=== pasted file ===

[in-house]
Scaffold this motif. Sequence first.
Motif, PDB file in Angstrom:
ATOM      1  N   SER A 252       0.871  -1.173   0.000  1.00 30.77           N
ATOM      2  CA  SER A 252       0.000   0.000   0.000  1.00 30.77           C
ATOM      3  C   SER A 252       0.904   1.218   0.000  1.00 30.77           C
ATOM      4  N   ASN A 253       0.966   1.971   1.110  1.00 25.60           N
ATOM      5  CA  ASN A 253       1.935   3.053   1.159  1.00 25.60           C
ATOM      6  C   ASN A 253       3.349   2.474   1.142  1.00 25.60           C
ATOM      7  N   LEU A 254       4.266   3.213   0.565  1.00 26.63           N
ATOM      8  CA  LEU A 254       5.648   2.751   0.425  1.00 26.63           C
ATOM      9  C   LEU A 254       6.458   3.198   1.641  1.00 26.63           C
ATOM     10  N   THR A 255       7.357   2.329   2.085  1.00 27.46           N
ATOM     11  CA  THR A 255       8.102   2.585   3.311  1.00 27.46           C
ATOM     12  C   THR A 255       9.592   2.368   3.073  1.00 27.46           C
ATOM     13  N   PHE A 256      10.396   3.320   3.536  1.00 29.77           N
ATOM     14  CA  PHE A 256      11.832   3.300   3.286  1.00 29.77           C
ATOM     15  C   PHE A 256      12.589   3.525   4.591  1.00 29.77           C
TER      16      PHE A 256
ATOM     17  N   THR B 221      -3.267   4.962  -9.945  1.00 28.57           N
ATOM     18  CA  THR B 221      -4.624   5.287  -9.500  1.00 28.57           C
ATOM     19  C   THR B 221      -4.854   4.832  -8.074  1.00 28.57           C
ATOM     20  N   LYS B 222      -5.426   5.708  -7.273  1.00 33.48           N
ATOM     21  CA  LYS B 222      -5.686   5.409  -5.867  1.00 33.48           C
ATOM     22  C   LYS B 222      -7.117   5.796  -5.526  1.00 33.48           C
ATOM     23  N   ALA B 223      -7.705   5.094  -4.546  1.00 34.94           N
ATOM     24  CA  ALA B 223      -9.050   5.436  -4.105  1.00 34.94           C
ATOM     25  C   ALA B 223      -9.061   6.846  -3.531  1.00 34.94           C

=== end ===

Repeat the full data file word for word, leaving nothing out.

[in-house]
Scaffold this motif. Sequence first.
Motif, PDB file in Angstrom:
ATOM      1  N   SER A 252       0.871  -1.173   0.000  1.00 30.77           N
ATOM      2  CA  SER A 252       0.000   0.000   0.000  1.00 30.77           C
ATOM      3  C   SER A 252       0.904   1.218   0.000  1.00 30.77           C
ATOM      4  N   ASN A 253       0.966   1.971   1.110  1.00 25.60           N
ATOM      5  CA  ASN A 253       1.935   3.053   1.159  1.00 25.60           C
ATOM      6  C   ASN A 253       3.349   2.474   1.142  1.00 25.60           C
ATOM      7  N   LEU A 254       4.266   3.213   0.565  1.00 26.63           N
ATOM      8  CA  LEU A 254       5.648   2.751   0.425  1.00 26.63           C
ATOM      9  C   LEU A 254       6.458   3.198   1.641  1.00 26.63           C
ATOM     10  N   THR A 255       7.357   2.329   2.085  1.00 27.46           N
ATOM     11  CA  THR A 255       8.102   2.585   3.311  1.00 27.46           C
ATOM     12  C   THR A 255       9.592   2.368   3.073  1.00 27.46           C
ATOM     13  N   PHE A 256      10.396   3.320   3.536  1.00 29.77           N
ATOM     14  CA  PHE A 256      11.832   3.300   3.286  1.00 29.77           C
ATOM     15  C   PHE A 256      12.589   3.525   4.591  1.00 29.77           C
TER      16      PHE A 256
ATOM     17  N   THR B 221      -3.267   4.962  -9.945  1.00 28.57           N
ATOM     18  CA  THR B 221      -4.624   5.287  -9.500  1.00 28.57           C
ATOM     19  C   THR B 221      -4.854   4.832  -8.074  1.00 28.57           C
ATOM     20  N   LYS B 222      -5.426   5.708  -7.273  1.00 33.48           N
ATOM     21  CA  LYS B 222      -5.686   5.409  -5.867  1.00 33.48           C
ATOM     22  C   LYS B 222      -7.117   5.796  -5.526  1.00 33.48           C
ATOM     23  N   ALA B 223      -7.705   5.094  -4.546  1.00 34.94           N
ATOM     24  CA  ALA B 223      -9.050   5.436  -4.105  1.00 34.94           C
ATOM     25  C   ALA B 223      -9.061   6.846  -3.531  1.00 34.94           C